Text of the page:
M Maine has the country’s second-highest percentage of beginning farmers — and a bumper crop of rural-dwellers practicing sustainable horticulture, husbandry, and land management — thanks largely to the Maine Organic Farmers and Gardeners Association, or MOFGA. At their HQ in Unity and at venues around the state, year-round workshops focus on everything from tapping maples to grafting fruit trees to processing poultry. Farm & Homestead Day, June 20, is a jamboree of hands-on skill-swaps where a newbie can learn to care for an ax head, spin yarn, and build a tiny house in the same afternoon. The Common Ground Country Fair, September 25–27, is the Woodstock of agricultural fairs and the last place in America where Bernie voters and Trump voters sit shoulder-to-shoulder to enjoy the same sheep-shearing demonstration.
N Net-making is just one of the old-school Maine skills on offer at the Puckerbrush Primitive Gathering in Columbia, July 17–19, alongside blacksmithery, knot-tying, scythe-swinging, and more.
O Learn oenology at Bangor’s Central Street Farmhouse, where the purchase of a winemaking kit gets you a free class on how to use it (and you can bring up to nine friends). Your batch ferments there at the shop, and you come back eight weeks later to bottle it. The store’s doing online ordering and curbside pickup for its kits (and other goods) if you want to make some wine, beer, cheese, or cider while you’re homebound.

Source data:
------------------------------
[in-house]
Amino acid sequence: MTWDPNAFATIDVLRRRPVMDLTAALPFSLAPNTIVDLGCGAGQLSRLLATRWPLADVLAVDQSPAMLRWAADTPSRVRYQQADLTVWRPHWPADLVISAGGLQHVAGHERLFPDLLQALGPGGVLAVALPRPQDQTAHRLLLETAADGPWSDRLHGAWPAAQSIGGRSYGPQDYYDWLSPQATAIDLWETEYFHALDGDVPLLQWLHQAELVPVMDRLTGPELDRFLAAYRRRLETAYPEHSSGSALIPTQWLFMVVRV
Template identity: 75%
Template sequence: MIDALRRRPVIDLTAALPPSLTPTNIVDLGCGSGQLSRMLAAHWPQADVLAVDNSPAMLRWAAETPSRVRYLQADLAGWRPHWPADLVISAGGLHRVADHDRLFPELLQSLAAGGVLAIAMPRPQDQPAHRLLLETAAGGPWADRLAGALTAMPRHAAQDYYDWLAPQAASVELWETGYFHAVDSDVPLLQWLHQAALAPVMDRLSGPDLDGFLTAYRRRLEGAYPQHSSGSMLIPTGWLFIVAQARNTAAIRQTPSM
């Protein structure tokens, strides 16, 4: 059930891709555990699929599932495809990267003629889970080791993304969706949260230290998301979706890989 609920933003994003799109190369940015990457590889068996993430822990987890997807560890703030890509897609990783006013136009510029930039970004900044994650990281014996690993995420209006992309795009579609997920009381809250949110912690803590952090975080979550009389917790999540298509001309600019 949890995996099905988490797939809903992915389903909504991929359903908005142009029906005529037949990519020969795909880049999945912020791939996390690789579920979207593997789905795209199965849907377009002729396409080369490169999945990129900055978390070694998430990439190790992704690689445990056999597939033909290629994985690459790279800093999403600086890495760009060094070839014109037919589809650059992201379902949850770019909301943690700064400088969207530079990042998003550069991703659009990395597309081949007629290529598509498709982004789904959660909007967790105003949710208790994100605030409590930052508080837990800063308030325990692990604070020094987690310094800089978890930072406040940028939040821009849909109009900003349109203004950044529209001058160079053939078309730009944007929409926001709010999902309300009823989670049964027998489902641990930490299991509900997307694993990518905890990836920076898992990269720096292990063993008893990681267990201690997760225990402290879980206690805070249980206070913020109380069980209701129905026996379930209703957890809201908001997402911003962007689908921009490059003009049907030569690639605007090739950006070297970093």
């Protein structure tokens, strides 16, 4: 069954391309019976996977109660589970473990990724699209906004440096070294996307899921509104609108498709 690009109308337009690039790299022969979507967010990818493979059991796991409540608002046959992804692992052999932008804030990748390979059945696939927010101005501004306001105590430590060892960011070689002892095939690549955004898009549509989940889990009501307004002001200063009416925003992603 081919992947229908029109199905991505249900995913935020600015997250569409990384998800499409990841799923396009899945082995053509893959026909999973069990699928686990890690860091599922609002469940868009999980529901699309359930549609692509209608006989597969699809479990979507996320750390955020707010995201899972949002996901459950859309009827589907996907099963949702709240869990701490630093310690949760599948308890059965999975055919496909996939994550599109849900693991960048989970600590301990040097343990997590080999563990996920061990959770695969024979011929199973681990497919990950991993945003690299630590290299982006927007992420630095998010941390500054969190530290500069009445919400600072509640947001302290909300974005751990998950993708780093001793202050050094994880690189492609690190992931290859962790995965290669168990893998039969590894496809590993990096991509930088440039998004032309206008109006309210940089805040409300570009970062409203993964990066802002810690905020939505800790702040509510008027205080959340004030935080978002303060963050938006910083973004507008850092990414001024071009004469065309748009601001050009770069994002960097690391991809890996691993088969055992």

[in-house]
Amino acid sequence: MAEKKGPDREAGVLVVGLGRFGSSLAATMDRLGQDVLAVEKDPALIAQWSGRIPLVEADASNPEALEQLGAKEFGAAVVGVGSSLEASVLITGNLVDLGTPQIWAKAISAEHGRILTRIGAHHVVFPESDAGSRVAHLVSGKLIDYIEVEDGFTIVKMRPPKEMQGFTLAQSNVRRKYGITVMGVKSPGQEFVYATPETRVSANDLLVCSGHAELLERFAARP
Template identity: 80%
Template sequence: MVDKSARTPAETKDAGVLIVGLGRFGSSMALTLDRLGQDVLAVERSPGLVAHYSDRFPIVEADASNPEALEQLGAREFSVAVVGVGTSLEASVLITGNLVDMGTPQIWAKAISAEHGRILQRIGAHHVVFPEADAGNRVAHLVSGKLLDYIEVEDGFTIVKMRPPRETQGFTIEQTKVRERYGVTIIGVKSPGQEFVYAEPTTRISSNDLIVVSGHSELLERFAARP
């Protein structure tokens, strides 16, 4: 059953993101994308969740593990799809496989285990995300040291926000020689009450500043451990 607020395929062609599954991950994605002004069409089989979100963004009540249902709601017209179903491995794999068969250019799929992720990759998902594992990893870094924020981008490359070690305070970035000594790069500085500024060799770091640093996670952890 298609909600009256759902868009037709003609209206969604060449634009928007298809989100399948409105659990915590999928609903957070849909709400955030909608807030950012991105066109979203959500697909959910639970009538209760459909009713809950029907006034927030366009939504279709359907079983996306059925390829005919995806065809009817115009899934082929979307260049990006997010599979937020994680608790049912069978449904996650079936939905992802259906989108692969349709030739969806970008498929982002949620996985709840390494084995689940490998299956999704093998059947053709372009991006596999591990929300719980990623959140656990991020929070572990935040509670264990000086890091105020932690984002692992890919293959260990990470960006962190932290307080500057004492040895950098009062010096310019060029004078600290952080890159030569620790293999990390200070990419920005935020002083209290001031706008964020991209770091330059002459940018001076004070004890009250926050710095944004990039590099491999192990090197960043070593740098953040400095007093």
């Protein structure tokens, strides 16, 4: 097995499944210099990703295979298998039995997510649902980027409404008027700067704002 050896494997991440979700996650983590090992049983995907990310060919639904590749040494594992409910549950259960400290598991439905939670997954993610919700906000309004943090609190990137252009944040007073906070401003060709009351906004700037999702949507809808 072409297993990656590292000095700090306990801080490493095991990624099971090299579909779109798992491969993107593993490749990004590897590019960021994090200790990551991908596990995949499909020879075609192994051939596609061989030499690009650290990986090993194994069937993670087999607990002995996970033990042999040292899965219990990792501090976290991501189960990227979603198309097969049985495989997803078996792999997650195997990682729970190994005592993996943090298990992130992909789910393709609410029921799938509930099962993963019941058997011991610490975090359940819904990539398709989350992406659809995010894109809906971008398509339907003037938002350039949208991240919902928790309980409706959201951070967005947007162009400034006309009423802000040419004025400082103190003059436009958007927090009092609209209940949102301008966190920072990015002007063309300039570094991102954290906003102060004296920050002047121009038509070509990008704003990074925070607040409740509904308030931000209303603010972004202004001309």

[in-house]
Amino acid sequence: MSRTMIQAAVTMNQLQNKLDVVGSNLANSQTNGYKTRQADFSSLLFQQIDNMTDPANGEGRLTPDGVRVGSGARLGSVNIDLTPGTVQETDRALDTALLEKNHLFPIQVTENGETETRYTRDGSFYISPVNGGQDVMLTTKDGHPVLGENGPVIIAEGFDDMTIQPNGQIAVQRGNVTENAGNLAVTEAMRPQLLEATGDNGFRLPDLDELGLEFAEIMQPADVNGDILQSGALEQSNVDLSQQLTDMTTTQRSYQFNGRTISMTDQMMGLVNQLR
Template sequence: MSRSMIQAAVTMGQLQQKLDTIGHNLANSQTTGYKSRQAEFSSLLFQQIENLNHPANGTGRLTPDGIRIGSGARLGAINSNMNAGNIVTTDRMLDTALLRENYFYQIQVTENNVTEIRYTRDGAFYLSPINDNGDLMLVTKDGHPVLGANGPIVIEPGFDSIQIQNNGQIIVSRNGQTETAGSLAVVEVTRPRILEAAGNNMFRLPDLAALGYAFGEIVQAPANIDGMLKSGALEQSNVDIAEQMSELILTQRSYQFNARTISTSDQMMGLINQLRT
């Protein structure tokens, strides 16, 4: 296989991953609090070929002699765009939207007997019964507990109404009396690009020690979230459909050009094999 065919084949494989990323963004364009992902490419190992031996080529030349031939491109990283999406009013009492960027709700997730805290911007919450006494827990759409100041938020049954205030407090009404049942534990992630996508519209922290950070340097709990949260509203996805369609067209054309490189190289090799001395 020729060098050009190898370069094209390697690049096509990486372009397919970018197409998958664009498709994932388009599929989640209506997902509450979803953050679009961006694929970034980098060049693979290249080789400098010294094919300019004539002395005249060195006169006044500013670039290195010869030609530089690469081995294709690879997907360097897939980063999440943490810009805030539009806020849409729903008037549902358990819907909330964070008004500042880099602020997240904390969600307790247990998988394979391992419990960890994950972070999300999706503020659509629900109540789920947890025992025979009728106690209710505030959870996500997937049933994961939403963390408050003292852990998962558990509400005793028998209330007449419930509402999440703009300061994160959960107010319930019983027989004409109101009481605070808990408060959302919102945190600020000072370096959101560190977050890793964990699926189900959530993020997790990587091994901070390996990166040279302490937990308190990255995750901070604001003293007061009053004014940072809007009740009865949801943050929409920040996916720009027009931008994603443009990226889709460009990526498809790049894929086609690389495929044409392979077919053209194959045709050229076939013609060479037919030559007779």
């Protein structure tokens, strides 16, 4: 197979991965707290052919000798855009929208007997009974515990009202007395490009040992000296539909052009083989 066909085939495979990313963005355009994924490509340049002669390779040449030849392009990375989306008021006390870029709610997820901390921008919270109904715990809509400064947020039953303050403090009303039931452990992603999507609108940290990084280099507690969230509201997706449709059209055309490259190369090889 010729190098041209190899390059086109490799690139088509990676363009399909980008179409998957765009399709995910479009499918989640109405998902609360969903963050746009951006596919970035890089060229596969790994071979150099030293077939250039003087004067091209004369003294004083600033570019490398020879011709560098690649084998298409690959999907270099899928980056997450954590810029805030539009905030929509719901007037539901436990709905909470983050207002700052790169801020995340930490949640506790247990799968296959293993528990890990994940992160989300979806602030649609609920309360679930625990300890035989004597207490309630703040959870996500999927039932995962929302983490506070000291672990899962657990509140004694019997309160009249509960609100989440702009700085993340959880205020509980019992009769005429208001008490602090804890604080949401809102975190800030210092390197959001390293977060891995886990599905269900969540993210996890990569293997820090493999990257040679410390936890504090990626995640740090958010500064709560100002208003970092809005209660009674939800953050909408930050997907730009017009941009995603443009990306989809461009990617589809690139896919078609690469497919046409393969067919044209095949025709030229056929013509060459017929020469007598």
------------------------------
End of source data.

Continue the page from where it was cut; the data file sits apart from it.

P MOFGA’s Maine Heritage Orchard offers pruning and grafting workshops, seed swaps, group planting days, and various other pomology goings-on around the state and on a 10-acre orchard in Unity, home to some 300 varieties of apple and pear trees traditionally grown in Maine.
Q Maine is cold. Quilting is a survival skill. Learn from award-winning quilt artists and pattern designers at the Maine Quilts show, July 23–25 in Augusta, offering demos and lectures on stitching techniques, patterns, and precision work.